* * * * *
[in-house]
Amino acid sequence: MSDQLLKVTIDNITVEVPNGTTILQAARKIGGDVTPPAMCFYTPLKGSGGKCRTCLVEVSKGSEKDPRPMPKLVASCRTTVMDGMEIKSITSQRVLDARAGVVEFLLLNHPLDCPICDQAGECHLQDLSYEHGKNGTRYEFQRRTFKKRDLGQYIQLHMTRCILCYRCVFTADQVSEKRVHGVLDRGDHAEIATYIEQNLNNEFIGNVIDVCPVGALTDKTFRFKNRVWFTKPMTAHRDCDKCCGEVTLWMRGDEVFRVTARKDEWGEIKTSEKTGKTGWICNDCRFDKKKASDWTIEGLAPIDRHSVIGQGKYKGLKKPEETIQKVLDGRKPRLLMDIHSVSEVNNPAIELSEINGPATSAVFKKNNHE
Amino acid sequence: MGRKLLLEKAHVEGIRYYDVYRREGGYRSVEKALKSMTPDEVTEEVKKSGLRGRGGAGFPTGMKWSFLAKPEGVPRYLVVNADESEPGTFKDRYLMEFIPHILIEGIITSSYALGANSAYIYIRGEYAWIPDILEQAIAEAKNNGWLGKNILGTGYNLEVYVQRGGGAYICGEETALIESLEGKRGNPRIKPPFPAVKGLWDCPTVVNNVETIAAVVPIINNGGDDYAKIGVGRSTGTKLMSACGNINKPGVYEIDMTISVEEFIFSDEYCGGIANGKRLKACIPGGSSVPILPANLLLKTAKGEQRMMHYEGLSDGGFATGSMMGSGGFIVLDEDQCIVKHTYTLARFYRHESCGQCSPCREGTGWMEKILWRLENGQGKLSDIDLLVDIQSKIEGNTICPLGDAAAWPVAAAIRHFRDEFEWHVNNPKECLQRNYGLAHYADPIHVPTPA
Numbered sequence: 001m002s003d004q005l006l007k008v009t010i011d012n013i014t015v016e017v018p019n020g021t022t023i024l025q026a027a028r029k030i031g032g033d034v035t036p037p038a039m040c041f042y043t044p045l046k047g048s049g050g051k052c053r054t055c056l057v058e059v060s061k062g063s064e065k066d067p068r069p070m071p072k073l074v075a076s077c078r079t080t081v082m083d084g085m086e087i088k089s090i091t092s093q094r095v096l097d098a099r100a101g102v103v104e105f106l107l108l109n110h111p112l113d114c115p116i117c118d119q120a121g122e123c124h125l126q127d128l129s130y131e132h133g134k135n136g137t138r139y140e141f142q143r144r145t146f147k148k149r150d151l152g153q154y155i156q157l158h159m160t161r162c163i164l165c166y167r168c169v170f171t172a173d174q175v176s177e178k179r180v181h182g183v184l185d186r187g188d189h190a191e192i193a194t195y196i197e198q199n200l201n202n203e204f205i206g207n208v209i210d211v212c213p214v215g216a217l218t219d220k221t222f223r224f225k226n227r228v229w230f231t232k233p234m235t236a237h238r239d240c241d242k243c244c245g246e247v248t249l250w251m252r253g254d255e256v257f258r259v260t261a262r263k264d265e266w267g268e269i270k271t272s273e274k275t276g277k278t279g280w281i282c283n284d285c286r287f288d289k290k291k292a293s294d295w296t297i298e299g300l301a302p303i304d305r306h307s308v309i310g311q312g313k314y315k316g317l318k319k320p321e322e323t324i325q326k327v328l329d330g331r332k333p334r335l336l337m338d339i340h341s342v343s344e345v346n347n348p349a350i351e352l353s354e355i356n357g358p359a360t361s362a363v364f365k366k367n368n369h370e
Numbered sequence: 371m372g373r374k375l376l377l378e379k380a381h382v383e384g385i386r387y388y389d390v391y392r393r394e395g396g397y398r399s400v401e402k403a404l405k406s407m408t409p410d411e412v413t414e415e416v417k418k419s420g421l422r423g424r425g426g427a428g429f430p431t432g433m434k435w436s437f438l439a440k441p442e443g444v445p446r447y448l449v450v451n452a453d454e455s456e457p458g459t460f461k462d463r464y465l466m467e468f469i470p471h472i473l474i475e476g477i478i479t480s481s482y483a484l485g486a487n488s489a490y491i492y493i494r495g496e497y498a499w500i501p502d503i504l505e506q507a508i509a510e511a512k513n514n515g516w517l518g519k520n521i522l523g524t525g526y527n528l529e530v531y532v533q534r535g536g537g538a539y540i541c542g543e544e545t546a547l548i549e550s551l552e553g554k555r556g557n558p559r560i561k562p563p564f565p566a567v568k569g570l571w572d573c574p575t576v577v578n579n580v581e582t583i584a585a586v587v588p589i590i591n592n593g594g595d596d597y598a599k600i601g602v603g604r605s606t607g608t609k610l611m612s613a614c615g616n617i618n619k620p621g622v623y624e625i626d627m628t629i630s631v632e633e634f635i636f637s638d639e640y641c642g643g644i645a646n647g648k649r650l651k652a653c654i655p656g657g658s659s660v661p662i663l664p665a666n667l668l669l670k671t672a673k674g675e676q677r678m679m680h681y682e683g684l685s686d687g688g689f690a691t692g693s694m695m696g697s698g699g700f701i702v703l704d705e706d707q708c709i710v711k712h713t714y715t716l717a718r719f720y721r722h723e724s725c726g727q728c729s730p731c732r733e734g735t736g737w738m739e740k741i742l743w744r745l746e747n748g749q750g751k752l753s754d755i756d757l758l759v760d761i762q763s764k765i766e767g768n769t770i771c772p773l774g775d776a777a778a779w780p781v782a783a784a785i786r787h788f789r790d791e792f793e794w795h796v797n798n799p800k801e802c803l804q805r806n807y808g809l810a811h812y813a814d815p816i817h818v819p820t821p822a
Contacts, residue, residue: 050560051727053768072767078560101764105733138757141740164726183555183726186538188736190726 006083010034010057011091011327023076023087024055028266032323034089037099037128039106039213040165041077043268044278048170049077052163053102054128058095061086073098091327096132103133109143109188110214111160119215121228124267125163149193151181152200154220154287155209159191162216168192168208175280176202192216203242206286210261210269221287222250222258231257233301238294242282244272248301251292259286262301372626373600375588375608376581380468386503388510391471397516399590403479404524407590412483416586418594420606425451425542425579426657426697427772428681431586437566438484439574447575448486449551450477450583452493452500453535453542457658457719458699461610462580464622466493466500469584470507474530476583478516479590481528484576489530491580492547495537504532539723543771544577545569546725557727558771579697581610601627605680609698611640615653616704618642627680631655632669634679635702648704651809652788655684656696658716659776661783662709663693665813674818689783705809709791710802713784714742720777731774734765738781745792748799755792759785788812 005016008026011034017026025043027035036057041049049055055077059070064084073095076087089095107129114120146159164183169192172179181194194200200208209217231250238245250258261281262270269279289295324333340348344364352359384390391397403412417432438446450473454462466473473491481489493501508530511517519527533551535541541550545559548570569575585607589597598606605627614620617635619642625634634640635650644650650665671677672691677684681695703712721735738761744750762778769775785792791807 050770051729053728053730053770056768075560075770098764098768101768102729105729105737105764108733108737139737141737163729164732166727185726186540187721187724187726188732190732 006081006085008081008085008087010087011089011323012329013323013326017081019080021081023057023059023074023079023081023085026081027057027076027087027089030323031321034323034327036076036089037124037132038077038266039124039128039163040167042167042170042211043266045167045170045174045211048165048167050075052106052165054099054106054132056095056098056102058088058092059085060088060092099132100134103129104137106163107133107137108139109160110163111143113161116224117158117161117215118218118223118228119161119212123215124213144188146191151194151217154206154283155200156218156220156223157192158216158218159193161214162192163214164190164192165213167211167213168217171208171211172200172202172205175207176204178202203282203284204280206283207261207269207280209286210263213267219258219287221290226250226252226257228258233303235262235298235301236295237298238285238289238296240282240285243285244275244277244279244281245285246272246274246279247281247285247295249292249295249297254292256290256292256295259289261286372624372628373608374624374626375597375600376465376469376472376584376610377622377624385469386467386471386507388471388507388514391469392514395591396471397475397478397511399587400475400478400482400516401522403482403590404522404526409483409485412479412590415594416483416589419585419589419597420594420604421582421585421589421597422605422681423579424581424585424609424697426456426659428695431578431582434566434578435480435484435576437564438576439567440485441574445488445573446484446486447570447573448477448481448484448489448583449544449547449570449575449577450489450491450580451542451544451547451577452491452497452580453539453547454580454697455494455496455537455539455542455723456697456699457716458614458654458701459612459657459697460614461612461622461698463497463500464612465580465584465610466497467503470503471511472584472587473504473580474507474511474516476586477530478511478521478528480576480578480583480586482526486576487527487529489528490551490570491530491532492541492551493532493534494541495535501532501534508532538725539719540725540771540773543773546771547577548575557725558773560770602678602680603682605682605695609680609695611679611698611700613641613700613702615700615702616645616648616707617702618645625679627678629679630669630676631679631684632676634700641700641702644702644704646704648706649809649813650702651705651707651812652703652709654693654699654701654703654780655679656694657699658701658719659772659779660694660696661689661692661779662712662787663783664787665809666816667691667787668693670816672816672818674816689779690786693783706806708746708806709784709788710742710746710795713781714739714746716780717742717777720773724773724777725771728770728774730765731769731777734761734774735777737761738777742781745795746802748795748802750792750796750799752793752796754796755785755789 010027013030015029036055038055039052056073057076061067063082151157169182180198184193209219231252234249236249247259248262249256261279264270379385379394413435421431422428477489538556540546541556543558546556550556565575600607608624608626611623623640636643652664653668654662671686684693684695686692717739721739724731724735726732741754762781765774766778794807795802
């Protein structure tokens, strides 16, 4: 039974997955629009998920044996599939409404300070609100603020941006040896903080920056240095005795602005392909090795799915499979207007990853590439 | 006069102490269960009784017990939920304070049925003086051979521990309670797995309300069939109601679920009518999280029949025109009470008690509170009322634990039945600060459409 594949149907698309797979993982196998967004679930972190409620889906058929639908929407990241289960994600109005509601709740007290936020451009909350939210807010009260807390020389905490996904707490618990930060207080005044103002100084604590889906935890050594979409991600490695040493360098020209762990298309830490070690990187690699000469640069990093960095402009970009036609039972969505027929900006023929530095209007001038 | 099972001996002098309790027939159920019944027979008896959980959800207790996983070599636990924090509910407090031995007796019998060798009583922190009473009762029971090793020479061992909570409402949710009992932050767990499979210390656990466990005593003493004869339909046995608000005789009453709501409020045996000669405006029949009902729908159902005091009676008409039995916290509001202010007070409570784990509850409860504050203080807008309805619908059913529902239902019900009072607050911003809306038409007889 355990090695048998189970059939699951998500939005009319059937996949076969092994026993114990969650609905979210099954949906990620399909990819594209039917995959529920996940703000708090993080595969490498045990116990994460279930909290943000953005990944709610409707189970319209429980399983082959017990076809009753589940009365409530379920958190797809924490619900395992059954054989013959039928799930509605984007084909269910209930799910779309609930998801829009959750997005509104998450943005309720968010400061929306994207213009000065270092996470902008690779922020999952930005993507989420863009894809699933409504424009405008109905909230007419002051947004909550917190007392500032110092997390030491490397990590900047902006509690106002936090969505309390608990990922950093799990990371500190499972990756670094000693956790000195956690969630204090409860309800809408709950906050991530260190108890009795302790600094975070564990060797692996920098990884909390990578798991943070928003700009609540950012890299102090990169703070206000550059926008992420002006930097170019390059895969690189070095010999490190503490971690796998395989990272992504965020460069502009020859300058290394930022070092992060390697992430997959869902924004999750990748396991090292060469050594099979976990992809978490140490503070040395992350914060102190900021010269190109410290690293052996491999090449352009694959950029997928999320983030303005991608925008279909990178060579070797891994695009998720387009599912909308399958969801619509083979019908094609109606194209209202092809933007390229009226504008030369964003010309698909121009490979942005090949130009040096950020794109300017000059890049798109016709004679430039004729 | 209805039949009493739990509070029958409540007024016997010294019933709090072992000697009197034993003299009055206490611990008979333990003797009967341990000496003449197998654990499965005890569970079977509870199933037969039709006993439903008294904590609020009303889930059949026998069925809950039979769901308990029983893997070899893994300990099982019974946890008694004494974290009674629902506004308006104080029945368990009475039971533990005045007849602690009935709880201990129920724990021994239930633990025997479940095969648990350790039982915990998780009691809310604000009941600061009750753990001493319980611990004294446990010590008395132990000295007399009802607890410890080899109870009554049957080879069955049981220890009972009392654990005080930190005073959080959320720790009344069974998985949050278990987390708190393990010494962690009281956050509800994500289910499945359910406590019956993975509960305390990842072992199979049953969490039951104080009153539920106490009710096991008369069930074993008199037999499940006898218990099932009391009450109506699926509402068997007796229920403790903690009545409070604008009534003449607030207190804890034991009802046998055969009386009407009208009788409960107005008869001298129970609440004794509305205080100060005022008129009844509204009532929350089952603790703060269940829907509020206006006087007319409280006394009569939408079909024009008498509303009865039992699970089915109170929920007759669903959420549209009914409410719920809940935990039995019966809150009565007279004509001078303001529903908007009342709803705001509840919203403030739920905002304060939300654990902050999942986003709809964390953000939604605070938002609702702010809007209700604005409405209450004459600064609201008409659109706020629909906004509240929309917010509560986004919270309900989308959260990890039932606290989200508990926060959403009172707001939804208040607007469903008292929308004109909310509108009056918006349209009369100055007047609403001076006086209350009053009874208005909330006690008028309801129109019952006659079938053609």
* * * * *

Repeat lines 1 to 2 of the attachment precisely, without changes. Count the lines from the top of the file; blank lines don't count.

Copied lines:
[in-house]
Amino acid sequence: MSDQLLKVTIDNITVEVPNGTTILQAARKIGGDVTPPAMCFYTPLKGSGGKCRTCLVEVSKGSEKDPRPMPKLVASCRTTVMDGMEIKSITSQRVLDARAGVVEFLLLNHPLDCPICDQAGECHLQDLSYEHGKNGTRYEFQRRTFKKRDLGQYIQLHMTRCILCYRCVFTADQVSEKRVHGVLDRGDHAEIATYIEQNLNNEFIGNVIDVCPVGALTDKTFRFKNRVWFTKPMTAHRDCDKCCGEVTLWMRGDEVFRVTARKDEWGEIKTSEKTGKTGWICNDCRFDKKKASDWTIEGLAPIDRHSVIGQGKYKGLKKPEETIQKVLDGRKPRLLMDIHSVSEVNNPAIELSEINGPATSAVFKKNNHE